Kendal Mountain Festival celebrates its 40th anniversary, moving its spectacular line-up of films, live events, guest speakers, and literature programme online.

Following the announcement that the world-famous event will be broadcast online, ensuring its mission to showcase inspiring, soul-stirring outdoor adventure continues. Stories about people, from all walks of life, doing extraordinary things. It’s an exciting step for an event that, for the last 40 years, has been connecting like-minded people who want to share their passion for the world of mountains, nature, and the natural beauty around us. “What’s that got to do with Blackpool?” you say Well, Blackpool photographer Henry Iddon is one of the festival facilitators, read on for some of his recommendations.

The online show brings viewers compelling, emotive, and entertaining curated content designed to inspire and move people, with the ambition of providing a renewed and energised perspective to daily life.

For 10 days, from 19 to 29 November, Kendal Mountain Festival provides unlimited access to curated films, live sessions, literature, and inspiring speakers, online for everyone, everywhere via the Festival’s website www.kendalmountainfestival.com.

The event features a big-name line up of speakers featuring world-class international athletes, adventurers, authors, and filmmakers, including survivalist Ray Mears, TV traveller Simon Reeve, C4 journalist Keme Nzerem, Rhiane Fatinikun the founder of Black Girls Hike UK, Jason Fox from SAS Who Dares Wins, explorer Aldo Kane, and mountaineer Leo Houlding.

At the core of the event is the International Film Competition with 12 major film prizes up
for grabs, including the sought-after People’s Choice award voted for by the public. The Festival has received a record number of entries this year, from professional and amateur filmmakers alike from across the globe.

Kendal Mountain’s Literature Festival is truly going from strength to strength, firmly established under patron and renowned author Robert Macfarlane and bringing together speakers across the themes of mountains, landscape, nature, and sense of place. This year you can catch writers, authors, poets, and artists in a programme that includes highly anticipated book launches, lively debates, and lectures; speakers include Jessica J. Lee, author of Willow Herb and First Native American US Poet Laureate; Joy Harjo.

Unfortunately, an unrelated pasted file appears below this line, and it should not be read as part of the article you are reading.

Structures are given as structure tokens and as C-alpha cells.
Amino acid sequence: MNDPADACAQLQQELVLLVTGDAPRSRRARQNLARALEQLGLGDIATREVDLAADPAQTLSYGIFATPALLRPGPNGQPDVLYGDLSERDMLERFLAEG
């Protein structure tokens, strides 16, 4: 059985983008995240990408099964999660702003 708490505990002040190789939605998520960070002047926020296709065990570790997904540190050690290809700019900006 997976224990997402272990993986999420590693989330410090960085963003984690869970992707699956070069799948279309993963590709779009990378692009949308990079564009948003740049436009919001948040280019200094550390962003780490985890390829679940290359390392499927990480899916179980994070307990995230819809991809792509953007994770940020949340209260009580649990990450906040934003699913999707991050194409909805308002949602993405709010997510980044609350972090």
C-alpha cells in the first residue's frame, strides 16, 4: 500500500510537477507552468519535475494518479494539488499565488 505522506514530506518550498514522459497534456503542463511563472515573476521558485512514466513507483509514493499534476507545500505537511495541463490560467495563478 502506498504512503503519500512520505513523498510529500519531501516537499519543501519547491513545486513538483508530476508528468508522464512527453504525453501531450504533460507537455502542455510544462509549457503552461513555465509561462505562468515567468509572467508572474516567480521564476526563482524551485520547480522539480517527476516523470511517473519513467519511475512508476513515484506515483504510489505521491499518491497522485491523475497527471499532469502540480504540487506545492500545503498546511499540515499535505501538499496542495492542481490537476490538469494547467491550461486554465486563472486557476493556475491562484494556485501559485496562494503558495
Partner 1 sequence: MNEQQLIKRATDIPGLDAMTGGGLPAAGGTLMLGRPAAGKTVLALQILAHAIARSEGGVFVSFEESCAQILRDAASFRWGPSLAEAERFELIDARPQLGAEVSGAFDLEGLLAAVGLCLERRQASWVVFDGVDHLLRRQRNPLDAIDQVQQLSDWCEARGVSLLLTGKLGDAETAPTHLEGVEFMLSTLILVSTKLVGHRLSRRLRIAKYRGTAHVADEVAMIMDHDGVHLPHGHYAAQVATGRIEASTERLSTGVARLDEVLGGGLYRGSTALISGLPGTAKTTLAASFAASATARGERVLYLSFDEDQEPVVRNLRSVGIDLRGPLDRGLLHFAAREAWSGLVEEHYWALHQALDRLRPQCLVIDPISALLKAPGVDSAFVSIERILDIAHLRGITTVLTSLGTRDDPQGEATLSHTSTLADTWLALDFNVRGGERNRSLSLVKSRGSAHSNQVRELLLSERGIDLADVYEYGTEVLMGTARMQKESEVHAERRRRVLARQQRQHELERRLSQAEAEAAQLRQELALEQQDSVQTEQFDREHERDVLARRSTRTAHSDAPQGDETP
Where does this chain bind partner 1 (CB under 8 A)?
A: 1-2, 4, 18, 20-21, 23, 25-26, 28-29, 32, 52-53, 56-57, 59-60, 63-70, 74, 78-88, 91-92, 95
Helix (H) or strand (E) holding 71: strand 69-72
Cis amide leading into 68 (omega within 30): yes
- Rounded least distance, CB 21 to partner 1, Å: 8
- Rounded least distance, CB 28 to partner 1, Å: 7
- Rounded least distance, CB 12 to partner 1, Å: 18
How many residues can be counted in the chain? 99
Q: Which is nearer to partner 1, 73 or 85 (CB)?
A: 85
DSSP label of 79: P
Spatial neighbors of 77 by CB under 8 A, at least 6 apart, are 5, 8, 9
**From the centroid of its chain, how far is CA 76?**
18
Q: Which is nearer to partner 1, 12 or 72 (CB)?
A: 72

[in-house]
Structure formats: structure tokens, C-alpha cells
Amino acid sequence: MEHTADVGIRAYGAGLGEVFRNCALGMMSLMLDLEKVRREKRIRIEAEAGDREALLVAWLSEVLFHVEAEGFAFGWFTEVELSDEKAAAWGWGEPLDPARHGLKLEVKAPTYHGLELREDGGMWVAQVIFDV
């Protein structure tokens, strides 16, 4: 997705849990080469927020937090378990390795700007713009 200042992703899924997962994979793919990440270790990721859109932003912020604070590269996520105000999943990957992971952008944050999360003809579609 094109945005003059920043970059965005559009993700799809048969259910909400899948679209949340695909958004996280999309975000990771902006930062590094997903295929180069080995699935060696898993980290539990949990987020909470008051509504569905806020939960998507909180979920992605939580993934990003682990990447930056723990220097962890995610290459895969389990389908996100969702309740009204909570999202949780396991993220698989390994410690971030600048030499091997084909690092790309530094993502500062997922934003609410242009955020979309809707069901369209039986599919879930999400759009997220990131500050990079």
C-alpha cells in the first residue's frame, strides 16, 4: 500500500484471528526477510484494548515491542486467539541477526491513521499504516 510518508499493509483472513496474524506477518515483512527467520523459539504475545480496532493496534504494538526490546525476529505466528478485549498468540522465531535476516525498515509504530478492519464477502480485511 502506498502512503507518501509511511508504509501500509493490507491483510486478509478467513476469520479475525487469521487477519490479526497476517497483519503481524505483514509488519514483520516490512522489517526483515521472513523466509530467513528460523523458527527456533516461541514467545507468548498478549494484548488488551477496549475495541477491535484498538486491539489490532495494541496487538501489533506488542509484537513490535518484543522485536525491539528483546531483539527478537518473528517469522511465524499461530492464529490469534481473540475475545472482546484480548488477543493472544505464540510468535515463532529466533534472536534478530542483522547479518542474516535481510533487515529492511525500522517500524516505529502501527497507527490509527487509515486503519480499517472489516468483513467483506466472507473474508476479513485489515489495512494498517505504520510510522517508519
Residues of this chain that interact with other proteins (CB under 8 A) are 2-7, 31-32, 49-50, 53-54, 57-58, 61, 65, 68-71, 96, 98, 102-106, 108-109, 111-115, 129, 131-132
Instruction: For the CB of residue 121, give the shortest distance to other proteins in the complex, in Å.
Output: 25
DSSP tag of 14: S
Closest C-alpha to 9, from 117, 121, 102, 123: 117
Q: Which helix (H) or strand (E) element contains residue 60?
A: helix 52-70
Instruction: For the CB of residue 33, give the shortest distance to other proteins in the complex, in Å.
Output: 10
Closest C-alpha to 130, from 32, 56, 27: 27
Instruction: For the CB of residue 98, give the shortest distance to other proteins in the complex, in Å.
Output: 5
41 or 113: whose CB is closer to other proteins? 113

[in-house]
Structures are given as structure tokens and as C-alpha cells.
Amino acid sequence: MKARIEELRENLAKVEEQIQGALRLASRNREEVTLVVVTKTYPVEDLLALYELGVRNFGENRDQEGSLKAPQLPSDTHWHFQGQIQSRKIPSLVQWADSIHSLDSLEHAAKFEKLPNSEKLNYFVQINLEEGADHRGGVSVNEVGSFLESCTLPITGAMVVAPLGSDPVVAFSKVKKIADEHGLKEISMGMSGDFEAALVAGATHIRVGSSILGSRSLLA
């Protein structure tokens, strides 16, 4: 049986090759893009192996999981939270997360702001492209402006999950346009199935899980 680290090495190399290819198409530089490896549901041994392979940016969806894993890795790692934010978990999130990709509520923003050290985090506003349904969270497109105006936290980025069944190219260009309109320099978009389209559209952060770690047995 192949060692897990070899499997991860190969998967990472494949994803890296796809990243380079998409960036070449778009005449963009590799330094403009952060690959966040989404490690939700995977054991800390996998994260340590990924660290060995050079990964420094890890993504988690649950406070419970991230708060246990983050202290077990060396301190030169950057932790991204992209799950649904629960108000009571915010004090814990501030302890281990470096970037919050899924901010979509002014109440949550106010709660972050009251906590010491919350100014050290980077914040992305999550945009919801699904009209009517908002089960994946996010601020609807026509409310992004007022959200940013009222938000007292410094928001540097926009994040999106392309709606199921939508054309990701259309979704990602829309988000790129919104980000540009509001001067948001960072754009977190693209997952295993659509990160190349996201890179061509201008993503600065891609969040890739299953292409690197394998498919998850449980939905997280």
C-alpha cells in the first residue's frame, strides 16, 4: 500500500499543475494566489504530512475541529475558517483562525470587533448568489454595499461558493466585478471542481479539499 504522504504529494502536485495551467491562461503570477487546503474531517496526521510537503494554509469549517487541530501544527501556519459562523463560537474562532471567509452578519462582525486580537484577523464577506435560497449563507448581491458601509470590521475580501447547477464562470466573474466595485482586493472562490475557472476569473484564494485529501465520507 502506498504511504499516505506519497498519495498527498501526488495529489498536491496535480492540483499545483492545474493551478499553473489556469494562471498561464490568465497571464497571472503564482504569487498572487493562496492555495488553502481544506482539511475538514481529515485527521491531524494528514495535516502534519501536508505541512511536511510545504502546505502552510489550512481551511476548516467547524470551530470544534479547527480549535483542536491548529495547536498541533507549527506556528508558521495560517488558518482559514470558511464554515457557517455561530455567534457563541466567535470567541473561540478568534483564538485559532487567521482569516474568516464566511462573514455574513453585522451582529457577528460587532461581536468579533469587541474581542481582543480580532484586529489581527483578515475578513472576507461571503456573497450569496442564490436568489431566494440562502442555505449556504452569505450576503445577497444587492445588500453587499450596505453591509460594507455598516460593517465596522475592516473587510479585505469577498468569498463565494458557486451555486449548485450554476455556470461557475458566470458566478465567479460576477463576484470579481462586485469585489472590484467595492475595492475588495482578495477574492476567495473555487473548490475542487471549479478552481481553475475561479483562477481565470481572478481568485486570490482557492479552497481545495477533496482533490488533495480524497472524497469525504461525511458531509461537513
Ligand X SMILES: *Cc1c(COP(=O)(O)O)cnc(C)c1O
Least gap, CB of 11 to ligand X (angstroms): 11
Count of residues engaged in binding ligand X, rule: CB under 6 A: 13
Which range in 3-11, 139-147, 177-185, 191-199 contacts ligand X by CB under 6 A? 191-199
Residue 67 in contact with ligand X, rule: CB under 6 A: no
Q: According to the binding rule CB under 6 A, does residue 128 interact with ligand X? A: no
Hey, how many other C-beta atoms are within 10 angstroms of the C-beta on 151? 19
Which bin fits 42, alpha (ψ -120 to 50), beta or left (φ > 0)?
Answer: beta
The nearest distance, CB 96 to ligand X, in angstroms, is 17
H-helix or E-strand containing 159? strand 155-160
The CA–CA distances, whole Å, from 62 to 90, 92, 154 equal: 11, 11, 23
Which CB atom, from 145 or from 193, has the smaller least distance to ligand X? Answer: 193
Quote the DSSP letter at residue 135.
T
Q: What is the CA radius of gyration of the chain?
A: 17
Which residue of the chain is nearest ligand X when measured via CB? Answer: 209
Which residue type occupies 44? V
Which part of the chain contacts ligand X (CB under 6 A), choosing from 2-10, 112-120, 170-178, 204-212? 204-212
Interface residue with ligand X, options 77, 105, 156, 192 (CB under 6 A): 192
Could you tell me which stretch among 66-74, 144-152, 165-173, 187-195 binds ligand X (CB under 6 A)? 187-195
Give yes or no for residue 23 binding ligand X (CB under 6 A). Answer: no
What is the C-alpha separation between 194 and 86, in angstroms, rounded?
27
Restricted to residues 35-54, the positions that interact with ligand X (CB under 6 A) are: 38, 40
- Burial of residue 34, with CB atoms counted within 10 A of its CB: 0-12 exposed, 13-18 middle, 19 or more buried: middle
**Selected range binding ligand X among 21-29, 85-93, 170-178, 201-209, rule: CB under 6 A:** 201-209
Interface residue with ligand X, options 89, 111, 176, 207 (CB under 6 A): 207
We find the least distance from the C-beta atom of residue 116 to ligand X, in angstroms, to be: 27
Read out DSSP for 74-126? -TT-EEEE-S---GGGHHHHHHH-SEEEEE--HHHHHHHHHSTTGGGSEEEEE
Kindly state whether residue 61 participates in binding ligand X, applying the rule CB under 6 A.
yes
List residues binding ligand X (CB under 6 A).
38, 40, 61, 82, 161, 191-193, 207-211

Jacqui Scott, Festival CEO comments; “We all have ‘mountains’ in life to scale and we strongly feel that our Festival provides an accessible platform for people from all walks of life, abilities, and countries to share with our audience how they face their own challenges. This year our theme is nurture, and never before has this been more prevalent and poignant. Just how are we supporting and learning from each other and also inspiring the next generation?”

Steve Scott, Festival Director said; “It’s an opportunity for those who have a passion for outdoor life and adventure to communicate their own unique story, their own struggle or ambition, respecting what mother nature has given us and giving all to inspire others.”

Fellow Director Clive Allen said; “We’re putting all our effort and energy into creating an amazing experience online and we promise that our usual content from our live events will still be available, live-streamed from the Lake District onto screens, worldwide. It’s going to be an incredible event and we are hugely excited by the calibre of films submitted, literature featured, and a top-notch list of guest speakers.”